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Above the Duomo in Gaeta

Aragonese Castle, Gaeta

Serapo Beach, Gaeta

Welcome to Gaeta
From Jesse's Journeys in Italy

Population: 21,522 (2004)
Official website:
Wikipedia: Gaeta
Maps: MapQuest

Th ancient city of Gaeta - engulfed by its modern counterpart - sits on a rocky promontory called the Torri di Orlando  protruding into the Gulf of Gaeta about 120 kilometers south of Rome.  The site of the old city was increasingly fortified  and now features an assortment of walls forts and castles that date from its colonization by the Greeks between 500-400 BC to well into the 8th century when the area was under the control of the Kingdom of Naples.

Today, the city of Gaeta, which has spread along its seven beaches and into the hinterlands behind, is a very busy summer destination for tourists (as it was in Roman times), but it also has an important light industrial base built primarily on the production and export of olives, olive oil and tomato-based products, and a very large NATO controlled naval station.

Gaeta's importance as a strategically located port ensured that since the fall of Rome it became and remained for centuries the object of intense conflict between a succession of competing powers.  It's control was still in dispute up to near the end of World War II when the German's became determined to hold it against the advancing allys.  In doing so, they expelled the citizens of Gaeta, killing or imprisoning those who resisted.

The allies bombed the City in advance of their landing but were reasonably careful not to hit its numerous architectural treasures, most of which are crowded together on the Torri di Orlando.  Here's a list taken from Wikipedia:

  • The massive Castle.
  • The Mausoleum of Lucius Munatius Plancus (22 BCE) is a cylindrical travertine monument at the top of Monte Orlando (168 m). It stands at 13.20m and has a diameter of 29.50 m. Another important Roman public man, Lucius Sempronius Atratinus, Marc Antony's fleet commander, has a mausoleum, sited in the more recent district of Gaeta: of similar diameter, it is however not as well preserved.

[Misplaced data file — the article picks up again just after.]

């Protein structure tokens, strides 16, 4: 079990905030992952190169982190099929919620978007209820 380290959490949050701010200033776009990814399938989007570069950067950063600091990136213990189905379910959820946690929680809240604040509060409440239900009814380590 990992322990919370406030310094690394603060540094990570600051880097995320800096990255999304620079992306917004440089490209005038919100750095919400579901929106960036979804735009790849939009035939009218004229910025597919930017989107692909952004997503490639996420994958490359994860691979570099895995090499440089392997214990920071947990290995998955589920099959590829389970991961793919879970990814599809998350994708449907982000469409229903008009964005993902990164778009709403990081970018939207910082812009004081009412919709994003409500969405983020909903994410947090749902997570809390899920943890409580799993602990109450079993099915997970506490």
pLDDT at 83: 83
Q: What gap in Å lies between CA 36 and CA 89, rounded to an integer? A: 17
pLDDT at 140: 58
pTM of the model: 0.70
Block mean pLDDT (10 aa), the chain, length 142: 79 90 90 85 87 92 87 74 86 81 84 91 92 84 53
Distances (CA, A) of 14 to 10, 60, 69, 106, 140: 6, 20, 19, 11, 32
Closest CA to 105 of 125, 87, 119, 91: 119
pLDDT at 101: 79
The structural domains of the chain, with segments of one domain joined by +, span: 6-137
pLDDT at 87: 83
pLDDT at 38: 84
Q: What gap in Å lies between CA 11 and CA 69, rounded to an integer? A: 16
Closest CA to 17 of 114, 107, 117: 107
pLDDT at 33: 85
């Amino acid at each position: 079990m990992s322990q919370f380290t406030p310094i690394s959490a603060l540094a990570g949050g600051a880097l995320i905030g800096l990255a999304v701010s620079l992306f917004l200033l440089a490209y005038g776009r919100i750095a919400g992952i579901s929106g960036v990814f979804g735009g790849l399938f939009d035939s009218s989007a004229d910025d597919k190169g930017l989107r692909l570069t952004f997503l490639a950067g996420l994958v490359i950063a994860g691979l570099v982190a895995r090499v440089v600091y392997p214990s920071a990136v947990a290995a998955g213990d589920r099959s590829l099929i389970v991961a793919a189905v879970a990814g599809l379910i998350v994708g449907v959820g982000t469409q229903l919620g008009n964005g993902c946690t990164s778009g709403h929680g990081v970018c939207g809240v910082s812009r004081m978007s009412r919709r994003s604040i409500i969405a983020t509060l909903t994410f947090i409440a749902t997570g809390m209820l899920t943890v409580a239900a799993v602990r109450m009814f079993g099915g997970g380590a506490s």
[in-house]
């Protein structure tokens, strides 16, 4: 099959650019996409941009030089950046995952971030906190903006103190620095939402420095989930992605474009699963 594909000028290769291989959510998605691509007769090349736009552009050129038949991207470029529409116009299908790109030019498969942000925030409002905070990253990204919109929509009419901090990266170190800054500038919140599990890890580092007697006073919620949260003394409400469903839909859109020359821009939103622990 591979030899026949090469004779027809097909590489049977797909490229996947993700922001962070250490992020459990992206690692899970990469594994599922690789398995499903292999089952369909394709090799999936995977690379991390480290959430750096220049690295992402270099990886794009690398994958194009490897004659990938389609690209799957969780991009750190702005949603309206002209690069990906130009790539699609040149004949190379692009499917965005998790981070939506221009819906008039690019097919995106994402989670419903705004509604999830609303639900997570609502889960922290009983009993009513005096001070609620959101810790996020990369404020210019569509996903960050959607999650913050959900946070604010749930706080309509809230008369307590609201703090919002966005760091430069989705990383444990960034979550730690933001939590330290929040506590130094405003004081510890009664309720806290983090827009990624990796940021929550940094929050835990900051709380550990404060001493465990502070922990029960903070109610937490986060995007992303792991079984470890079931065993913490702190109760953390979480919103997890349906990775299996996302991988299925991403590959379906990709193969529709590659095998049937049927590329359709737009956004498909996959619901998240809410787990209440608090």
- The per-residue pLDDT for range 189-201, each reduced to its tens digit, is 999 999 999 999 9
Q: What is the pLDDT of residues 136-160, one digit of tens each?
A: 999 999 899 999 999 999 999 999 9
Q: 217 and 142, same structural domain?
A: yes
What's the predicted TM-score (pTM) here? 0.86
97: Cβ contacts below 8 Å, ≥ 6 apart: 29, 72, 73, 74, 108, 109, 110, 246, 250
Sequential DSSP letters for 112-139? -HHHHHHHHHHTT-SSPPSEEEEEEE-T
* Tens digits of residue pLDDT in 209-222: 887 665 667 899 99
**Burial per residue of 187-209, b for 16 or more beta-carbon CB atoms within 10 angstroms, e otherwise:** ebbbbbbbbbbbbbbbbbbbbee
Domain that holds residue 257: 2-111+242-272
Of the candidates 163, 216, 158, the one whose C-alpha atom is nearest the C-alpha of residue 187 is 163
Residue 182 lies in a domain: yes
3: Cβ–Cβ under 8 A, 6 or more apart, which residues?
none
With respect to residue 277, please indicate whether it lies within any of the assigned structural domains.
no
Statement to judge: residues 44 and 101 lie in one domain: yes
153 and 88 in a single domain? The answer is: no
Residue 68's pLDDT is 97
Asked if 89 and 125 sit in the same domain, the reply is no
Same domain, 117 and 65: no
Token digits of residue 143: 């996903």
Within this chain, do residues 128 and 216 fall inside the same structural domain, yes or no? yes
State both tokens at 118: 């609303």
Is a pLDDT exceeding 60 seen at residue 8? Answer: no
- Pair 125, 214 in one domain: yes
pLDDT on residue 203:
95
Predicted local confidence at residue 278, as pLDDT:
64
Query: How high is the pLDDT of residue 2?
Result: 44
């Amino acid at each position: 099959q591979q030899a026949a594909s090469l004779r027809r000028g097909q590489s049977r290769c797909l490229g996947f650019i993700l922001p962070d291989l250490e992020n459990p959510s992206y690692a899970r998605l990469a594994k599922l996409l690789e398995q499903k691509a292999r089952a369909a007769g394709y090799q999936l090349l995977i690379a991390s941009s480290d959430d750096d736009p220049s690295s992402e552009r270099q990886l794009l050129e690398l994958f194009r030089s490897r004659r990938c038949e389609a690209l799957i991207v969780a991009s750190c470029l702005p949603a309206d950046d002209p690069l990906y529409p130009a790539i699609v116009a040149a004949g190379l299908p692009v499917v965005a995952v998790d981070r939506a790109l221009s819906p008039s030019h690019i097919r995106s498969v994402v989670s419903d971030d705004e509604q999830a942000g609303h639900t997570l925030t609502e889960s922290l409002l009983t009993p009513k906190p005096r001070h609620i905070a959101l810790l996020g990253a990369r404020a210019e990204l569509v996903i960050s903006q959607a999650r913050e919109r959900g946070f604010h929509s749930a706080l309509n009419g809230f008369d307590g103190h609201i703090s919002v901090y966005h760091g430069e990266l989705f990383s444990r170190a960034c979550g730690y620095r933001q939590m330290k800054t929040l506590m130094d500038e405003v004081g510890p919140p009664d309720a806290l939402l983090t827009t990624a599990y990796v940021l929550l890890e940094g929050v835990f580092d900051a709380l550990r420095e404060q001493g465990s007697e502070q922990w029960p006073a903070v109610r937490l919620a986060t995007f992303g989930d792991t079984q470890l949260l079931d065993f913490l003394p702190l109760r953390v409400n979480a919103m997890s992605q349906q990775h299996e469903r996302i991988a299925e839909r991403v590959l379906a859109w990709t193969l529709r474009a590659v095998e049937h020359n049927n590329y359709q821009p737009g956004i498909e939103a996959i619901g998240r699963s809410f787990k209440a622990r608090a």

• The Sanctuary of SS. TrinitÓ, mentioned as early as the 11th century and visited, among the others, by St. Francis and Saint Philip Neri. The Crucifix Chapel was built in 1434 over a rock which had fallen from the nearby cliffs. From the sanctuary the Grotta del Turco can be visited: it is a grotto which ends directly in the sea and where the waves create atmospheric effects of light.
  • The Church of Annunziata (1320), was rebuilt at the beginning of the 17th century in Baroque style by Andrea Lazzari. It houses works by Luca Giordano, Sebastiano Conca and Giacinto Brandi, as well as the sarcophagus of Enrico Caracciolo, a notable Gothic work of art. The most interesting sight is however the Golden Grotto, a Renaissance room where Pope Pius IX devised the dogma of Papal infallibility. The walls of the grotto are decorated with 19 panels by Giovan Filippo Criscuolo (1531) into carved and gilded frames with small pilasters. On the altarpiece is an Immacolata by Scipione Pulzone.
  • Church of San Giovanni a Mare was built by the hypate Giovanni IV in the 10th century, outside the old sea walls of the city. It is a rare example of fusion between the basilica form with the Byzantine one. The simple fašade has a Gothic portal and a dome, while the interior has a nave with two aisles. The inner pavement is slightly inclined to allow waters to flow away after sea floods.